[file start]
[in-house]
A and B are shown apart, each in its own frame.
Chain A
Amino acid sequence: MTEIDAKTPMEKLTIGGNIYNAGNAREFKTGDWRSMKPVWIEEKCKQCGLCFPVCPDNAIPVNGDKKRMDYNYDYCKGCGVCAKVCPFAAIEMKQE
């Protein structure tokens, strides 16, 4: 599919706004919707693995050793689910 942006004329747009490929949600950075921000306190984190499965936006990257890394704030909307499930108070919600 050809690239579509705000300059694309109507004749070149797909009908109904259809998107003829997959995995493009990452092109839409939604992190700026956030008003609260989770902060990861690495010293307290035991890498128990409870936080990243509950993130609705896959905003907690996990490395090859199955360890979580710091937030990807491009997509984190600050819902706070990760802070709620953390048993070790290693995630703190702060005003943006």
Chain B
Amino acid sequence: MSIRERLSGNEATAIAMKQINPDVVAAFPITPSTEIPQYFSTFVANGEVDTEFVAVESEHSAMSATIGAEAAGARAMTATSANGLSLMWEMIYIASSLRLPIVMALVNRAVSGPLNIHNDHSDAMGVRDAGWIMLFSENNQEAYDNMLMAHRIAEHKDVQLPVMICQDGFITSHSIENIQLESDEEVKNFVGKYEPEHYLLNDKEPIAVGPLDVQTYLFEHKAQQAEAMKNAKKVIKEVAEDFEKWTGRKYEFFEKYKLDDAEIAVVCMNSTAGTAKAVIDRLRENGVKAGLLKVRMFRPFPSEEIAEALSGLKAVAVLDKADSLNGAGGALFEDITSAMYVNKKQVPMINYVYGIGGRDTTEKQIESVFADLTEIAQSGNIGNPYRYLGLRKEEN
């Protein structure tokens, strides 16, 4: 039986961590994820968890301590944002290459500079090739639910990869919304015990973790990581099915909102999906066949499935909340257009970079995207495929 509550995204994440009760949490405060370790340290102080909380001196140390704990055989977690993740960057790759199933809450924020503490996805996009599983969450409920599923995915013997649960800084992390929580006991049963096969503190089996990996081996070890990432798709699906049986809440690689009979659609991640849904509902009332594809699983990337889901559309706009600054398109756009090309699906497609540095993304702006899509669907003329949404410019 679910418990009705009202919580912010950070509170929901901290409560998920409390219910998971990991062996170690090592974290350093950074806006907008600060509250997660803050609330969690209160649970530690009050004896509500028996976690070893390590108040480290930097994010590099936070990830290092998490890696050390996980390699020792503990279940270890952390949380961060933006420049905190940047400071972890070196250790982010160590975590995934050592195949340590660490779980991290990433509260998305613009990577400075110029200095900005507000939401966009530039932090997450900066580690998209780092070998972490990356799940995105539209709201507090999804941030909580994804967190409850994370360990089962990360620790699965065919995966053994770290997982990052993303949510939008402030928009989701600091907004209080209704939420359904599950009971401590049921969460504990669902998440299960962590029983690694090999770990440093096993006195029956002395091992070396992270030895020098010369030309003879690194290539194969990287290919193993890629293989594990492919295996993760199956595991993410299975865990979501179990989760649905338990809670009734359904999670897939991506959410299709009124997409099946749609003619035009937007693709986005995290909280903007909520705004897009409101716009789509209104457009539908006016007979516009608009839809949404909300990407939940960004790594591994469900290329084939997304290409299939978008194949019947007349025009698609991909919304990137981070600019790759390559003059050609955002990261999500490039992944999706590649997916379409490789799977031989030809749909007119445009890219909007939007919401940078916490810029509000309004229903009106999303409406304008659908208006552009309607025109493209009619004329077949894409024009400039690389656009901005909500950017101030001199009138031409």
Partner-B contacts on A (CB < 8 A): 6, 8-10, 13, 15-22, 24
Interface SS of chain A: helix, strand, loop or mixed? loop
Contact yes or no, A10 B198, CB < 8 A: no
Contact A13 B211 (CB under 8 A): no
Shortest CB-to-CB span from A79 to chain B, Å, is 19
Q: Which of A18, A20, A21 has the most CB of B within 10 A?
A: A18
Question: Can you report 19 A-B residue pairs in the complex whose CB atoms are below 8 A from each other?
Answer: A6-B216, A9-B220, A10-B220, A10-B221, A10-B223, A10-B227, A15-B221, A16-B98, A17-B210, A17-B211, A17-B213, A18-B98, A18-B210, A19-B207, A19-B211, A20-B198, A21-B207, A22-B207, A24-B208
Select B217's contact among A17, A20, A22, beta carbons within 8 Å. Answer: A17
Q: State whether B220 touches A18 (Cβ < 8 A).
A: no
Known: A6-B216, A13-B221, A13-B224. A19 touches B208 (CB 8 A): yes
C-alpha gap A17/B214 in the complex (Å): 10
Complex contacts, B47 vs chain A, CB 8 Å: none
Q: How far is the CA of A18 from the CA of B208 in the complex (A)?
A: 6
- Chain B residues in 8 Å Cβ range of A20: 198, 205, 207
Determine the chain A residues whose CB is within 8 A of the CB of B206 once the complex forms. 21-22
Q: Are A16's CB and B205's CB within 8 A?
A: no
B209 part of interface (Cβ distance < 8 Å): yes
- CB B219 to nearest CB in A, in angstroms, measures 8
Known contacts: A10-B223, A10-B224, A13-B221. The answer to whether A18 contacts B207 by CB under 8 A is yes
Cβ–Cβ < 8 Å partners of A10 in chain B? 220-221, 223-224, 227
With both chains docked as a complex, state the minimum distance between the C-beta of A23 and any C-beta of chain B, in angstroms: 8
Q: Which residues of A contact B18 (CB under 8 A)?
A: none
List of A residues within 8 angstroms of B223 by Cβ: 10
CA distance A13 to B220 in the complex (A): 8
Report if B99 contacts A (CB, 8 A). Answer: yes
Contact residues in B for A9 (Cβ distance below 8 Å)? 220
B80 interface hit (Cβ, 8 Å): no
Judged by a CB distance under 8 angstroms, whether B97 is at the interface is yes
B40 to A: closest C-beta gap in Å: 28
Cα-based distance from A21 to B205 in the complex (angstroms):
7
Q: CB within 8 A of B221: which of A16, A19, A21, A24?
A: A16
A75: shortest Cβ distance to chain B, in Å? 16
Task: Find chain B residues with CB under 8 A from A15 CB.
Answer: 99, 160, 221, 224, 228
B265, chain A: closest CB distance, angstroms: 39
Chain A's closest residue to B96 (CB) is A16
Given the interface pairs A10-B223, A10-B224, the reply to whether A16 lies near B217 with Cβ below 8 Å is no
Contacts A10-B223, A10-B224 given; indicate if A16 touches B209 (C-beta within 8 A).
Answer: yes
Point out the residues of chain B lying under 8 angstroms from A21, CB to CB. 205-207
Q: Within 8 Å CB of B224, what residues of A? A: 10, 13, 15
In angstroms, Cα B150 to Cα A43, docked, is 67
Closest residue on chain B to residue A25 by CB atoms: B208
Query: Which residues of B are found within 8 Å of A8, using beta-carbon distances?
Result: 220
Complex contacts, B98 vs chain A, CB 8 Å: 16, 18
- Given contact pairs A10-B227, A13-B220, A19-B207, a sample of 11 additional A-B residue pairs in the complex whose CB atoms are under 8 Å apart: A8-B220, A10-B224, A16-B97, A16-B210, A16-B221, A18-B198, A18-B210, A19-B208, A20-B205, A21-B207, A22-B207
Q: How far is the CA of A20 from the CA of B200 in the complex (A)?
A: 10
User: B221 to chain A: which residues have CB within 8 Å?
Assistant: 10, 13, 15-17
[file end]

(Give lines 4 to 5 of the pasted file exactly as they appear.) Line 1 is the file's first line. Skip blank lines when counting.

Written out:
Amino acid sequence: MTEIDAKTPMEKLTIGGNIYNAGNAREFKTGDWRSMKPVWIEEKCKQCGLCFPVCPDNAIPVNGDKKRMDYNYDYCKGCGVCAKVCPFAAIEMKQE
């Protein structure tokens, strides 16, 4: 599919706004919707693995050793689910 942006004329747009490929949600950075921000306190984190499965936006990257890394704030909307499930108070919600 050809690239579509705000300059694309109507004749070149797909009908109904259809998107003829997959995995493009990452092109839409939604992190700026956030008003609260989770902060990861690495010293307290035991890498128990409870936080990243509950993130609705896959905003907690996990490395090859199955360890979580710091937030990807491009997509984190600050819902706070990760802070709620953390048993070790290693995630703190702060005003943006």